Critics of Mr. Trump’s judicial picks describe the impact of his appointments in stark terms: American lives will be harmed because of who the president has named to the federal bench, and protections for workers, consumers and the environment will be gutted.

“It’ll be detrimental,” said Daniel Goldberg, legal director of the Alliance for Justice. “What Trump is doing will be detrimental to millions of people.”

Cited as evidence that Mr. Trump’s judges will dismantle progressive policies is a December ruling from a divided three-judge panel on the 5th U.S. Circuit Court of Appeals in a challenge to the Affordable Care Act.

Judge Kurt Engelhardt, appointed by Mr. Trump to the New Orleans-based court in 2018, joined Judge Jennifer Elrod in finding the Obama-era health care law’s individual mandate unconstitutional. The court, however, left unanswered the crucial question of whether the rest of the Obama-era health care law, which provided protections for people with pre-existing conditions, can stand without the mandate.

“Millions of people’s lives are literally at stake, lives and health are literally at stake with Trump judges,” Goldberg said.

The Supreme Court announced in March that it would take up the case, though it’s not likely to hear arguments until its next term, which begins in October.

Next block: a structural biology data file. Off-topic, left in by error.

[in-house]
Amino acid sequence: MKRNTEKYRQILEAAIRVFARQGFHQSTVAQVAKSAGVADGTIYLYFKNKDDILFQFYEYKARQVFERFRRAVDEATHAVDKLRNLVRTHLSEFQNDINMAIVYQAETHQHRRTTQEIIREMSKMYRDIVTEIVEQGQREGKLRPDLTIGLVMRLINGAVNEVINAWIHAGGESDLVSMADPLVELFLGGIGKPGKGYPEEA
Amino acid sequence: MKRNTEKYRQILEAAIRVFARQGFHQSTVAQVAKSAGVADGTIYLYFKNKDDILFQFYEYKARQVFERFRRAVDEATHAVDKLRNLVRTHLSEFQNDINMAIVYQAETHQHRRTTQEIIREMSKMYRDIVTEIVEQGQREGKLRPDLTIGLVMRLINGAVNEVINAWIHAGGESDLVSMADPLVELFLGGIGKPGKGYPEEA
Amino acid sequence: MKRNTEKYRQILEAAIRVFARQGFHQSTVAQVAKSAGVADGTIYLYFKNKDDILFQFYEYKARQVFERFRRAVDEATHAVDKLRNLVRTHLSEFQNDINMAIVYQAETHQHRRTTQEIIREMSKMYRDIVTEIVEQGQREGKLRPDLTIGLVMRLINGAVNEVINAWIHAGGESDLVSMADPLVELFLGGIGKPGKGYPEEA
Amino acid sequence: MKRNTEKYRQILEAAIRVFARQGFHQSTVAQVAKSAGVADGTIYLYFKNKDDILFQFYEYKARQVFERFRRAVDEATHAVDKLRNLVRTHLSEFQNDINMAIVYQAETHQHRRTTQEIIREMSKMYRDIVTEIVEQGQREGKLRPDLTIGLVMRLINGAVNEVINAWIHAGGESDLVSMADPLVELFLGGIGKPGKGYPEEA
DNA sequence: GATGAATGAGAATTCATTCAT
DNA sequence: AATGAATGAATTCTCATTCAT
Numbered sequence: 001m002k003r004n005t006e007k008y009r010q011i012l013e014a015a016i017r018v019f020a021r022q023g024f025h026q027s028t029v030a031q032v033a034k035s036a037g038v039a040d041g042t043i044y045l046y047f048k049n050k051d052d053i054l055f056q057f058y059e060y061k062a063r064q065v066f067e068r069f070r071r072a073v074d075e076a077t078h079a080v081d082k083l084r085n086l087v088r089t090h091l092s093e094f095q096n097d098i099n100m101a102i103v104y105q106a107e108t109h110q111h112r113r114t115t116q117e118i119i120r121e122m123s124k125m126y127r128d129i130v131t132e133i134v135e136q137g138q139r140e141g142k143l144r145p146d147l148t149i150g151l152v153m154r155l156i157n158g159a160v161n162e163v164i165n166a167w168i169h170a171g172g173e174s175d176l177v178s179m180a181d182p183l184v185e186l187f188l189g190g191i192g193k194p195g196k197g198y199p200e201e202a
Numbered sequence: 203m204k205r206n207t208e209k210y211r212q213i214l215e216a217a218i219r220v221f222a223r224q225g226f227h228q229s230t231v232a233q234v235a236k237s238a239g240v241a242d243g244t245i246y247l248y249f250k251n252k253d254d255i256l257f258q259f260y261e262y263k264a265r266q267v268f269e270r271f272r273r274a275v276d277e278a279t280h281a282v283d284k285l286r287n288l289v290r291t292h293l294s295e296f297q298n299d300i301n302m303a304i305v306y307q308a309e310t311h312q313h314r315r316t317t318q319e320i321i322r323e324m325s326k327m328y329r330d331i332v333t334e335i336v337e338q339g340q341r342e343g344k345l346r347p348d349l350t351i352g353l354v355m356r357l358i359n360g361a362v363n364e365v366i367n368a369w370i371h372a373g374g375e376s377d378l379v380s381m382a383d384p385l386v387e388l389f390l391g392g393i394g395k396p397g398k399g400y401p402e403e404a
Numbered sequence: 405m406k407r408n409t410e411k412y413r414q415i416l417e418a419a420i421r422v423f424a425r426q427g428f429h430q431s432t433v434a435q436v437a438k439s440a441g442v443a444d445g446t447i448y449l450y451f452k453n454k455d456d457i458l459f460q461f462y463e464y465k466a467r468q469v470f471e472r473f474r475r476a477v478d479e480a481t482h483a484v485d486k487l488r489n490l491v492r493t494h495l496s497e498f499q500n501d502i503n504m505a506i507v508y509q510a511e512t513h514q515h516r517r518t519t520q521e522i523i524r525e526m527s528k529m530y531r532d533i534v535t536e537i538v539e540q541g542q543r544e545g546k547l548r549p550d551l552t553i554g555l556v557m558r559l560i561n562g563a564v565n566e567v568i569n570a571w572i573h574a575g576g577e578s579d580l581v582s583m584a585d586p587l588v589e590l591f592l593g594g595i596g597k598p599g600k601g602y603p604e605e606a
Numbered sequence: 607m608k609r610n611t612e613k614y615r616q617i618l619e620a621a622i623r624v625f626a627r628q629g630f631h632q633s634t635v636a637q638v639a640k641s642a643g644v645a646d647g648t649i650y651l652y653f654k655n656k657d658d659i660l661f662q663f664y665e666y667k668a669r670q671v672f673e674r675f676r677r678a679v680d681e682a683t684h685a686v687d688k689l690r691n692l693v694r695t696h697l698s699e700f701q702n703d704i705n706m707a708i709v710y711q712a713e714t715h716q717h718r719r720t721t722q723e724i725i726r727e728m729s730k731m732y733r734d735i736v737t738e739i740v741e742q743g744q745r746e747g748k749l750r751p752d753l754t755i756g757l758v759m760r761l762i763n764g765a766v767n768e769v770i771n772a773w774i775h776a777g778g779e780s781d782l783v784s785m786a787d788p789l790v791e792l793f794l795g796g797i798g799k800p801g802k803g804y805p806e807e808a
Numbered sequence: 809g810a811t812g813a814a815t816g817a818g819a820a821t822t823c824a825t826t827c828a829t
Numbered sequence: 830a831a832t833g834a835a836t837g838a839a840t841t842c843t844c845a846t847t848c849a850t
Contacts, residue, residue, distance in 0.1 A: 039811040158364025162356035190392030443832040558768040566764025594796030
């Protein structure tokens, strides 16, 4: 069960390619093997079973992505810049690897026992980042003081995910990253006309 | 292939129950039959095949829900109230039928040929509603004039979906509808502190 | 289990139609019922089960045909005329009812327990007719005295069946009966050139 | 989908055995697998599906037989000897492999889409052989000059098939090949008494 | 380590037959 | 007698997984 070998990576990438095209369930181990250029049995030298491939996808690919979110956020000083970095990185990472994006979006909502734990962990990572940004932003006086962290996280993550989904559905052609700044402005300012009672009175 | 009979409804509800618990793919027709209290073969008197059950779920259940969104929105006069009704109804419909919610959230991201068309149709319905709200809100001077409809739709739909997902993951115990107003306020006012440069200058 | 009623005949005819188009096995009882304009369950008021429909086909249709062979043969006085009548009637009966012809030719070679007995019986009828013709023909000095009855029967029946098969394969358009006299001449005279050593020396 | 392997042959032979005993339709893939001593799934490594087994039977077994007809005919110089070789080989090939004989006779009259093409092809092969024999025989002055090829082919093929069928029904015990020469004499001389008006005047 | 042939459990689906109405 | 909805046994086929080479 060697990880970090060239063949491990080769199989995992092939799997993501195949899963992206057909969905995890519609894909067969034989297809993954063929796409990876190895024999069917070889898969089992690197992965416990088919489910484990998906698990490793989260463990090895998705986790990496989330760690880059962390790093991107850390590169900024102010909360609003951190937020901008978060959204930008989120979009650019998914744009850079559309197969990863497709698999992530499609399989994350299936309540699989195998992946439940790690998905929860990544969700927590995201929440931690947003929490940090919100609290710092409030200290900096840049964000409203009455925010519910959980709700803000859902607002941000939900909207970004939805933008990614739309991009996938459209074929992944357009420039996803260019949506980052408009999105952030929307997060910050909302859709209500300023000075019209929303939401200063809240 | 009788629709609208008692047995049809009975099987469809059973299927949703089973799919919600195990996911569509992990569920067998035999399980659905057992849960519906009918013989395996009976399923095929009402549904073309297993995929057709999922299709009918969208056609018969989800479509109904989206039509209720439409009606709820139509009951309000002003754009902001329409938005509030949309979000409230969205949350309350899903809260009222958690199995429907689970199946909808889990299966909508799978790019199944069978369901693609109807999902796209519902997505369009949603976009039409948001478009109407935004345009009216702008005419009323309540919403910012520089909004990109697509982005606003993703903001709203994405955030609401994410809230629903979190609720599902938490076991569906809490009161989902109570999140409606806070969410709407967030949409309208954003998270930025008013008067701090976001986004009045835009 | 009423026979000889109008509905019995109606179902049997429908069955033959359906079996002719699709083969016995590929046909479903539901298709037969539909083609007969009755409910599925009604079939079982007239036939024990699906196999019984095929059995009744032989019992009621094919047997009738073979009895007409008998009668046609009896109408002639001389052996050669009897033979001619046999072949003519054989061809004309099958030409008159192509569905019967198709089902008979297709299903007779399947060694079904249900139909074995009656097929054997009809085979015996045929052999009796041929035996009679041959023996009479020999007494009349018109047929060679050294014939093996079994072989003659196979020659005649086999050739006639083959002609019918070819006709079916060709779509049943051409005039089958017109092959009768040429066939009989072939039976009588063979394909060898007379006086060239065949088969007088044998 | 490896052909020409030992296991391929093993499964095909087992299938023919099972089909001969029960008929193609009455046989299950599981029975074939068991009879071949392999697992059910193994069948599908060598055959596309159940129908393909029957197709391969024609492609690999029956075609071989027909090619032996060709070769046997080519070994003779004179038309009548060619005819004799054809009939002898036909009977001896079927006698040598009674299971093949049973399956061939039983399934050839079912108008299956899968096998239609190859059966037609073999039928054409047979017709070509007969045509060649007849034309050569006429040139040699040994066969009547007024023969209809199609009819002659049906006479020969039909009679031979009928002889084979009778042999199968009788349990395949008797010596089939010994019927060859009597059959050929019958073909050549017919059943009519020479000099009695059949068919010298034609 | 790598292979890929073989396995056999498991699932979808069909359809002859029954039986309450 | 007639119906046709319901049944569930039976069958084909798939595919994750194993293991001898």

Davis pushed back on the notion that the judges appointed by Mr. Trump will rule based on their policy preferences.

“A judge’s job is to find and apply the law as it’s written and understood by the public at the time of its enactment,” he said. “It’s not their job to pick winners and losers. It’s not their job to legislate from the bench. It’s not their job to set policy. A judge’s job is to follow the law. If the law commands a liberal result, there should be a liberal result. If the law commands a conservative result, there should be a conservative result.”

Groups that have been vocal in opposing Mr. Trump’s judicial appointments say their past writings, clients and rulings provide a window into how they will rule on specific issues when on the bench. 

Read the full article at CBS News.